Proper internal temps have lots of factors that enter into them.
A lean pork roast will be dry at 150, true. A fatty pork shoulder will be tough at 150, dry at 170 and moist and tender at 190.
So first, food safety.
Trichinosis dies at 137
Salmonella dies at 160. As mentioned earlier, 155 if held for a particular length of time also kills salmonella but that's not a practical matter for home cooking.
Surface bacteria on whole intact cuts of meat are killed when the meat is browned or roasted. So you only have to worry about internal badness.
In beef, internal pathogens are rare and it is generally safe to eat many cuts of beef at rare temps, about 125. This is not always a desirable level of doneness depending on the particular cut of beef, but more on that later.
In pork, trichinosis is the main internal baddie and that dies at 137. I cook most lean tender cuts of pork to about 140, no more than 145. They're still just a bit pink at that stage but are usually moist. You can add moisture with a brine if you have a recurring difficulty getting moist results. Again, this is not always a desirable level of doneness depending on the particular cut of pork.
Chicken/turkey is considered dirty through and through with salmonella. So it needs to reach 160. However, dark meat will still be pinkish at that temp. Dark meat loses pinkness about 170-175. Still safe to eat at 160 but will make most diners uncomfortable from simple fear of pinkness. So usually some extra roasting convolutions are added to get the dark meat to finish about the same time as the breast.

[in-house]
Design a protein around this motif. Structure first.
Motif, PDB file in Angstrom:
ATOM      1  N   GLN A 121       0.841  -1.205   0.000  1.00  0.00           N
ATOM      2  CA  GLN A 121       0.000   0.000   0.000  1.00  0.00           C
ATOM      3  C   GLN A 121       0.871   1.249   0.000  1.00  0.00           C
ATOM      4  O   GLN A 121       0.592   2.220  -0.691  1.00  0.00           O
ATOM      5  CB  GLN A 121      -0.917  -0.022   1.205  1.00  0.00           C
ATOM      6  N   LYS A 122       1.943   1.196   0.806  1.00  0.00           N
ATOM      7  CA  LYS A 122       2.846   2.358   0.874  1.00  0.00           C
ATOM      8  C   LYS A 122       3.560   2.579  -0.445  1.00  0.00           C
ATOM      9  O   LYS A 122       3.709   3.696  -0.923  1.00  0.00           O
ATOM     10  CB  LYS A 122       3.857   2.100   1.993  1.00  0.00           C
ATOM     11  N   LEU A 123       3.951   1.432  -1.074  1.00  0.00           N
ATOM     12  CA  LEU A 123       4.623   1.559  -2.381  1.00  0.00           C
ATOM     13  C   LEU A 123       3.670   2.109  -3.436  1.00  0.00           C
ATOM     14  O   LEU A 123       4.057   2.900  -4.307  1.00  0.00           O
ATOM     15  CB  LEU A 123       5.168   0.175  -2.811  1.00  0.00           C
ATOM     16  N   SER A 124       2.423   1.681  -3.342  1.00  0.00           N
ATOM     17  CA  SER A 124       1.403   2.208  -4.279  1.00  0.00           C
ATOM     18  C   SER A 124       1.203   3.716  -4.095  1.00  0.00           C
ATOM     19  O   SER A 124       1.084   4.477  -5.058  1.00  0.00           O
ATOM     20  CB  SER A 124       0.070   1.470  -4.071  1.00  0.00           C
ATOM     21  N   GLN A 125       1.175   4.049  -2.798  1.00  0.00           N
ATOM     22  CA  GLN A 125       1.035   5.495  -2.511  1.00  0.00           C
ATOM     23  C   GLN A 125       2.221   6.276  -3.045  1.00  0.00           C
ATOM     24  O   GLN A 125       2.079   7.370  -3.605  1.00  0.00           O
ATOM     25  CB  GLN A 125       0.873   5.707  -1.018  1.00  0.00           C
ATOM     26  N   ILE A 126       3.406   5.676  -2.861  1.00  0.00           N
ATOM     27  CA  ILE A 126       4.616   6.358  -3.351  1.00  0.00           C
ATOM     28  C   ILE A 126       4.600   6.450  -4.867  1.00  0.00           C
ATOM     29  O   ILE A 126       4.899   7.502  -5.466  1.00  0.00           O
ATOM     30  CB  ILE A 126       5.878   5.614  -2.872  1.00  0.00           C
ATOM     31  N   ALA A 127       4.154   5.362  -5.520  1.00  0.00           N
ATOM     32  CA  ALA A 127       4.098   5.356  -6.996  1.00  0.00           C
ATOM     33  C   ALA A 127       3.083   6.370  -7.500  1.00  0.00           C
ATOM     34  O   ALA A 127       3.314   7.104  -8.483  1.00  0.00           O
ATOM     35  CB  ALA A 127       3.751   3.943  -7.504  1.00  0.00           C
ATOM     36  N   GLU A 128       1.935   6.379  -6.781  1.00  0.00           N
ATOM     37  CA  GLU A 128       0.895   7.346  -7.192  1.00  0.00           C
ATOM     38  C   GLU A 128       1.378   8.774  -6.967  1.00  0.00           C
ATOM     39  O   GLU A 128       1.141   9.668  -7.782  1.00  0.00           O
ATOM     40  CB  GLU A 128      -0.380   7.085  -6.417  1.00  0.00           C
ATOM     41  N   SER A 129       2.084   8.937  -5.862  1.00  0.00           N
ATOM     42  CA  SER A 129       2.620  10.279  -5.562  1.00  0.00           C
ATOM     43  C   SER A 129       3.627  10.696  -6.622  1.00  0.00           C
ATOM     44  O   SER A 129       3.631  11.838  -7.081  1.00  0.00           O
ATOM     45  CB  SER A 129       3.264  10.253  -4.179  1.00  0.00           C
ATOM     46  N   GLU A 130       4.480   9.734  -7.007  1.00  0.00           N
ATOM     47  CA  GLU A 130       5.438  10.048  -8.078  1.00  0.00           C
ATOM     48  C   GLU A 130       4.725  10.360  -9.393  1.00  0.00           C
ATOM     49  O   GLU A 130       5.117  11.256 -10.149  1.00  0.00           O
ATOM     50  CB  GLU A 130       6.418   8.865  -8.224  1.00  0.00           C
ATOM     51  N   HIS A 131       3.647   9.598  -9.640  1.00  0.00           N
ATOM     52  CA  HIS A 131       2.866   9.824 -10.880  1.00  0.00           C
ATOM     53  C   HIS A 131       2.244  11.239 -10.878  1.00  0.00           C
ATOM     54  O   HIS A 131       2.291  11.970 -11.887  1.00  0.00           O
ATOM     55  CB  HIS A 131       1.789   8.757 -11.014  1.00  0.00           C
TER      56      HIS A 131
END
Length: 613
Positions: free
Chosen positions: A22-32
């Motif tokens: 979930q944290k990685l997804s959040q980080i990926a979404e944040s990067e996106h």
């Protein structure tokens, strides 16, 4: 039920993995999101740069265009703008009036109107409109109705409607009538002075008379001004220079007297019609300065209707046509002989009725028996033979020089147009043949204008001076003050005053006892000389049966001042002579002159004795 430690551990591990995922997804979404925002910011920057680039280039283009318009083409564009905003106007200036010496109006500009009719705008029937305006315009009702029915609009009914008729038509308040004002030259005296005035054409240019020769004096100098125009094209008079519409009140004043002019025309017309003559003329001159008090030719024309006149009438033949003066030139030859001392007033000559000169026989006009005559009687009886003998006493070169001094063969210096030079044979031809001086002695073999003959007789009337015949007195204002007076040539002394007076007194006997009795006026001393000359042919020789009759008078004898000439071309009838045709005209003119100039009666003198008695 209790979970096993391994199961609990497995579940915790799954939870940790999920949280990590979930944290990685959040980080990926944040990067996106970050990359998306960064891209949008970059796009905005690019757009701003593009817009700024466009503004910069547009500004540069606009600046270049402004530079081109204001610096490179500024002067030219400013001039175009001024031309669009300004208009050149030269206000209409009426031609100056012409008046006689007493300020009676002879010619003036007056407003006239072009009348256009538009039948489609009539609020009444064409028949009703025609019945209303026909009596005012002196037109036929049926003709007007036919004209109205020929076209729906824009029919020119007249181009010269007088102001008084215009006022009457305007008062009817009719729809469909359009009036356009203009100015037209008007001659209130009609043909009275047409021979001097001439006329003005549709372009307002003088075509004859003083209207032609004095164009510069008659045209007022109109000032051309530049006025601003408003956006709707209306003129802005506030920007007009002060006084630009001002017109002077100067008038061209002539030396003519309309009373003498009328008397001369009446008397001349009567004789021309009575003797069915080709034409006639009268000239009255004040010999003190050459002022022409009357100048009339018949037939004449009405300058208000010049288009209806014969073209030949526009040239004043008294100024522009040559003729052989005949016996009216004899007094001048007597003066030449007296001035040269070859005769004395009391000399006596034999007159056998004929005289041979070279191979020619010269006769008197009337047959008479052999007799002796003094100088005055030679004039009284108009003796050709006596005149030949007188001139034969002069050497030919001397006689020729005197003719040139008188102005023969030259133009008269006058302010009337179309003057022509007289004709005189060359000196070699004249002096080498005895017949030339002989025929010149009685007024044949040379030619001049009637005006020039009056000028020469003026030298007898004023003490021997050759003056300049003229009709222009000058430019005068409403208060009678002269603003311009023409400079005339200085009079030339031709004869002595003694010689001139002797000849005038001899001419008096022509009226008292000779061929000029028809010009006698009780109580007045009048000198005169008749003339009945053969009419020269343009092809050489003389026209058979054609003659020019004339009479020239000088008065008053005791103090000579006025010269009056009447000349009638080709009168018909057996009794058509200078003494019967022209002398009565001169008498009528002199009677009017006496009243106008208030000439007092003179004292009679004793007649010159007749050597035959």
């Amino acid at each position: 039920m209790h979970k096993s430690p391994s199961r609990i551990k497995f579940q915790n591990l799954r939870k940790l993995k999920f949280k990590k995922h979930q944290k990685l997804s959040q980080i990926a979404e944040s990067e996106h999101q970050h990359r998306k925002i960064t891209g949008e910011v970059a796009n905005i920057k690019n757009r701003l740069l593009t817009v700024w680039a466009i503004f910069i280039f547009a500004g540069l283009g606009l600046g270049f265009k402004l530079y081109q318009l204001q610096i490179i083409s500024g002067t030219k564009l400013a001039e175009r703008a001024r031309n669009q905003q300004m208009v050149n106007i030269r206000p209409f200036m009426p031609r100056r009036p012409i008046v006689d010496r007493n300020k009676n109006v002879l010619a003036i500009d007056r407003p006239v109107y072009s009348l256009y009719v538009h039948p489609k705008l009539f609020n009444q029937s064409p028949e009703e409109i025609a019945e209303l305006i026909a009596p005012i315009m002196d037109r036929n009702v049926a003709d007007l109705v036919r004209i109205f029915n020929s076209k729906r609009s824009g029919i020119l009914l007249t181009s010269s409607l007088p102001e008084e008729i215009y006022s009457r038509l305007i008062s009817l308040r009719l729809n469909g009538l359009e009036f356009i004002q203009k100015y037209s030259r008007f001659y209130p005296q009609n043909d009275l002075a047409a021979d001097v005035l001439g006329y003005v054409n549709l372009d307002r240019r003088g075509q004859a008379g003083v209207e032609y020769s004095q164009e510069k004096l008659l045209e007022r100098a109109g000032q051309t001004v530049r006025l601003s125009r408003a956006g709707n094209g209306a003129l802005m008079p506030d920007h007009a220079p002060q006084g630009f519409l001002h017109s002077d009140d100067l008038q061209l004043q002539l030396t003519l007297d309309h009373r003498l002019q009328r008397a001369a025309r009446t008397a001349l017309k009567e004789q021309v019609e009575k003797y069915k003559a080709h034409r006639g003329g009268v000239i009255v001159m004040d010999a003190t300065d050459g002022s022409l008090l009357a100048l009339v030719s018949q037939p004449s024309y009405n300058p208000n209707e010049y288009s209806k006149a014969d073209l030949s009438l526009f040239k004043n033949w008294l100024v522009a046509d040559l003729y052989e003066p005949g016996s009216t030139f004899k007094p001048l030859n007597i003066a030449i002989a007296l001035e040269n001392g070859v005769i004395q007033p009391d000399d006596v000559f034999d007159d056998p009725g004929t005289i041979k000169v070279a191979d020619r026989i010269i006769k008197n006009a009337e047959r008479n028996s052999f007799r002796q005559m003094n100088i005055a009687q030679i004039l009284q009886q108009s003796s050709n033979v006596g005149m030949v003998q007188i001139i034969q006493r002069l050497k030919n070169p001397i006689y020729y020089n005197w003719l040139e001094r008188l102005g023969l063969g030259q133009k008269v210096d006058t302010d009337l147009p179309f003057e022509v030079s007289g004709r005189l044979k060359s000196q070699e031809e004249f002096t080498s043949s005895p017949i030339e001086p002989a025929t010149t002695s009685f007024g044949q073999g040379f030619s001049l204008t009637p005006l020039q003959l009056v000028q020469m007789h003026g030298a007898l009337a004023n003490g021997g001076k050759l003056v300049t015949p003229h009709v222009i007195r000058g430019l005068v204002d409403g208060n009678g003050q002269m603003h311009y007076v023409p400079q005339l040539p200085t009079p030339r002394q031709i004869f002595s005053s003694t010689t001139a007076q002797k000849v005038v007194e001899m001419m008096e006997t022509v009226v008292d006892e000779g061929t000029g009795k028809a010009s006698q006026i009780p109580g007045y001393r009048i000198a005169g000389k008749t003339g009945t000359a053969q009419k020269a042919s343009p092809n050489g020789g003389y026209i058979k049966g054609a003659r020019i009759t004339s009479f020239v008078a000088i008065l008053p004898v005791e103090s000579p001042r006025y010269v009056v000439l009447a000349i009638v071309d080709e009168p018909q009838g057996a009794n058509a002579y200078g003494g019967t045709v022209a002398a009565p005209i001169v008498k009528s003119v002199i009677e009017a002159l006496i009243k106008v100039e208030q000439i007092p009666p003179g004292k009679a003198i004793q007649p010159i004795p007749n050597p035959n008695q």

The big kicker on temps is any ground meat. You've mixed the dirty outside of the meat with the clean inside and so the whole issue of lower safe temperatures goes right out the window. You are safe at 160. The FDA recommends HIGH temps 170, 175. This is usually a disaster of a temperature for ground meat generally and yields dry unpleasant meat.
Meatloaf uses extra ingredients to ensure a moist result. Lean ground beef makes a dry burger at food safe temps. So most serious cooks use at ground beef of 15-20% fat content to keep the meat moist for burgers.
Ground meat also includes sausages so cook them well.
With food safety out of the way, now consider the cut.
Tough cuts of meat for braising/stewing/pot roasting have to be cooked to food safe temperatures of course. However, it's often desirable to cook them beyond food safe temperatures to break down tough tissues for tenderness. These broken down tough tissues give the meat a moist succulence and their break down makes the meat tender.
Again, this is not a universal rule. Consider barbecue ribs cooked until they're falling off the bone. In competition, this is considered an overcooked rib though many eaters like it. Tastes vary.
more than taste fine
me eat it all the time